Maybe worth a read:
Of course, no one is going to put the "1 million years" to a test, but with a decent quality SD card, unless you are writing a high volume to it constantly, there's no reason you can't run one in a Pi 24/7 for 2-5 years. I've gotten into the bottom end of that range before I switched one out because it had a problem
e2fsck couldn't solve -- I still think the card may well be fine if I reformatted it from scratch, but I do not see the point in bothering since it only cost $5-10 to replace.
The key point in getting an SD card that will last longer is more size.
As in, more than you need. If the total volume of information on the card is going to be ~6-8 GB, use a 16 GB card. If you are worried the user will then just fill it up, format it so there is only an 8 GB partition. If you are using a new, decent quality, name brand SD card, it will have some degree of wear leveling as described in the first link above.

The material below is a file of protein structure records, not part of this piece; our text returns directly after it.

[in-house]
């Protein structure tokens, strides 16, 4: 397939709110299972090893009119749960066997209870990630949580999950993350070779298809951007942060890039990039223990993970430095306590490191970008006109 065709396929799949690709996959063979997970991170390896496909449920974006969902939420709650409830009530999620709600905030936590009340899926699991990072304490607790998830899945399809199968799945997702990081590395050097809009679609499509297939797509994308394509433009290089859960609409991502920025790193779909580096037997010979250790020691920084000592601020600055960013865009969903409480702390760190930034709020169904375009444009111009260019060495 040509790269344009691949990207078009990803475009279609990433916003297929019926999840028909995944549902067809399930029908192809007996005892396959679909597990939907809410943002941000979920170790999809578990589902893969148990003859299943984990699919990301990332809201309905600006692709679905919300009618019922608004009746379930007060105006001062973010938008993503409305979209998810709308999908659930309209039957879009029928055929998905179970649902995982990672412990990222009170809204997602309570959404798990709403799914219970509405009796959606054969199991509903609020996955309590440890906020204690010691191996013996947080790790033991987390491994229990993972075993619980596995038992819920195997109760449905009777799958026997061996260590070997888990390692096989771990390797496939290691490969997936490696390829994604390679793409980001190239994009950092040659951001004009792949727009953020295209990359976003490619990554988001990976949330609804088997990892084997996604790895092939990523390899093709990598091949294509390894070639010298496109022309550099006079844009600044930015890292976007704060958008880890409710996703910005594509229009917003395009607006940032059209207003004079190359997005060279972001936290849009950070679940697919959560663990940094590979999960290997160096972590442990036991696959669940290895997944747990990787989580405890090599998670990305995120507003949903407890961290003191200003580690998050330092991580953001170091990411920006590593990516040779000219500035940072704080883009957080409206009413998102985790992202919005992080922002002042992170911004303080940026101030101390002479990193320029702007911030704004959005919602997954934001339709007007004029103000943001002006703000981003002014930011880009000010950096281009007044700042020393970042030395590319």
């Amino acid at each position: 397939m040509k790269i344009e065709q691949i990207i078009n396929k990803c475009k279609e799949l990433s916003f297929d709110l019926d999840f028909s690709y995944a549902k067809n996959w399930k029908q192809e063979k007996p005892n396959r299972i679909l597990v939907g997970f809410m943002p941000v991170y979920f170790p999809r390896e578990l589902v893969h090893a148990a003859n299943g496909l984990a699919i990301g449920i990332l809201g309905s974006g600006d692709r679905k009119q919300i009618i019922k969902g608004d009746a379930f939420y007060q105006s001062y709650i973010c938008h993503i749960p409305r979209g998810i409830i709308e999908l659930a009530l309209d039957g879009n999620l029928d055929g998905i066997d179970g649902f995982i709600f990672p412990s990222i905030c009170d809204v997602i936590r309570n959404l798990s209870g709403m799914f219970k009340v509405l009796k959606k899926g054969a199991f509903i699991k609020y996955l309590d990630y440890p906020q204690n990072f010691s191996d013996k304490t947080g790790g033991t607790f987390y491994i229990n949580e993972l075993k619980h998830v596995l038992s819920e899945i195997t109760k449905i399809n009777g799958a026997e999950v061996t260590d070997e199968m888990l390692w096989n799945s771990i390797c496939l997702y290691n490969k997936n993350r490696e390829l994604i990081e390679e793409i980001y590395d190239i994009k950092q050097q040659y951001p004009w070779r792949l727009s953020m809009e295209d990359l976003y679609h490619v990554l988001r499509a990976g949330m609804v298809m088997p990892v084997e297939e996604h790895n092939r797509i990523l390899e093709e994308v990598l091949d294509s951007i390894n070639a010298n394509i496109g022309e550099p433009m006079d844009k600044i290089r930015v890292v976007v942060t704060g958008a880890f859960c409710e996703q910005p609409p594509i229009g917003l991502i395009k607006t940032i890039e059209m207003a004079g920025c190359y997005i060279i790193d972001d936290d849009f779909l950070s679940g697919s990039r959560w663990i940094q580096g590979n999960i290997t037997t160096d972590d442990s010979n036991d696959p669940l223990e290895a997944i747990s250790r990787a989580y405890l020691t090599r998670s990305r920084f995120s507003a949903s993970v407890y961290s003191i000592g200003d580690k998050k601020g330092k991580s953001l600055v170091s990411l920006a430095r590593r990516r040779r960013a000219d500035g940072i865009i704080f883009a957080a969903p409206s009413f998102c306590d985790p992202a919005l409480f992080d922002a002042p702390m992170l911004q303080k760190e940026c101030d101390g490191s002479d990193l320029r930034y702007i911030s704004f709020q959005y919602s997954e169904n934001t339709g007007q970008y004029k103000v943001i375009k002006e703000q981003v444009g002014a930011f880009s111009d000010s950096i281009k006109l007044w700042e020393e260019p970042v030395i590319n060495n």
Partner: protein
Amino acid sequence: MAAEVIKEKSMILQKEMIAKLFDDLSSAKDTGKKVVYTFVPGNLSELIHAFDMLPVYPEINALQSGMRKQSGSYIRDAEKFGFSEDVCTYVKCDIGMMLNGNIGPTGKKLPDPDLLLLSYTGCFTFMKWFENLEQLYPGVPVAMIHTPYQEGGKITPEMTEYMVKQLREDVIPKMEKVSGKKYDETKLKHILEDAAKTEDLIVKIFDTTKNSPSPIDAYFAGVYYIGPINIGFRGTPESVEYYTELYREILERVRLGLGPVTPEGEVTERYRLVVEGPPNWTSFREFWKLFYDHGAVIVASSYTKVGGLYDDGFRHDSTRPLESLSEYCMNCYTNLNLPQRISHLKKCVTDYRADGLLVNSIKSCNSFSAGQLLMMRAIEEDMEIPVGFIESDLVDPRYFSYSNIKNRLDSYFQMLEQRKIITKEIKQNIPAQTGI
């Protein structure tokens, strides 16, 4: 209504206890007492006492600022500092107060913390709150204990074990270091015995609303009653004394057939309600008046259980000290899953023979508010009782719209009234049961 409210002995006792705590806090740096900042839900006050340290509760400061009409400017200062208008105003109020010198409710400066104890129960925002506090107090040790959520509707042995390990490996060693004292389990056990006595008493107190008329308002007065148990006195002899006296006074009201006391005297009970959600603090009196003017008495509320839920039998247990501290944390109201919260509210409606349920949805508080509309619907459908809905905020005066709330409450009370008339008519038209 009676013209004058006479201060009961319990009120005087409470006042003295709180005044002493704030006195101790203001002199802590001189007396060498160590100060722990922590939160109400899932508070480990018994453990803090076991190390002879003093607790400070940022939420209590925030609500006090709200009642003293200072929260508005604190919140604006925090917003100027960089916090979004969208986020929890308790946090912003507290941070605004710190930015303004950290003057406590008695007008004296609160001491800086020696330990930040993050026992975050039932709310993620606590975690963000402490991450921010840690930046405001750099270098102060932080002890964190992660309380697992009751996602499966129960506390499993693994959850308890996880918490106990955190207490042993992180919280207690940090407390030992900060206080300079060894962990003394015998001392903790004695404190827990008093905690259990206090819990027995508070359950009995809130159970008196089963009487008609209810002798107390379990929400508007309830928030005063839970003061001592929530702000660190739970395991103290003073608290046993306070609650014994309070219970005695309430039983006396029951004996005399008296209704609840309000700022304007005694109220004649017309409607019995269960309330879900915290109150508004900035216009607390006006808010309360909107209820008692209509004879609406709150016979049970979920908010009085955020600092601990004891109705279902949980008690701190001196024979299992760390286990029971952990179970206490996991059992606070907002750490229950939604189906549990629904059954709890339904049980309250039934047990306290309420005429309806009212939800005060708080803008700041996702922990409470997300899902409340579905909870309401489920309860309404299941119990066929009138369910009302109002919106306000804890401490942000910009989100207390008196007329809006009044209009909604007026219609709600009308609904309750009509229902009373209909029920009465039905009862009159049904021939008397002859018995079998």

Of further interest about that:
https://electronics.stackexchange.com/q/27619/52138 (I would read at least the top two answers there, which provide a range of information...the second one is probably good for actual hints about brands, e.g., Sandisk seems to come out as a wise choice for a reason.)
This means despite the fact that you've only allocated 8 GB of space, the entire volume of the card will be in use; things that are frequently changed will be moved around, and there will be more places to move them to, meaning the same places get re-used less, meaning the card will last longer.
So, literally, one might expect a 16 GB card containing the same volume as an 8 GB card to last twice as long.
However, if you are someone who is selling other people a product and you wish to be responsible, create something of quality, etc., you should also have a simple system allowing your users to back up to a USB stick or something, and then restore to a new SD card from that. If you are not that kind of person then who cares how long the card lasts, hopefully you can make your money now and not have to care about where things are at in 6, 18, 36 months, etc.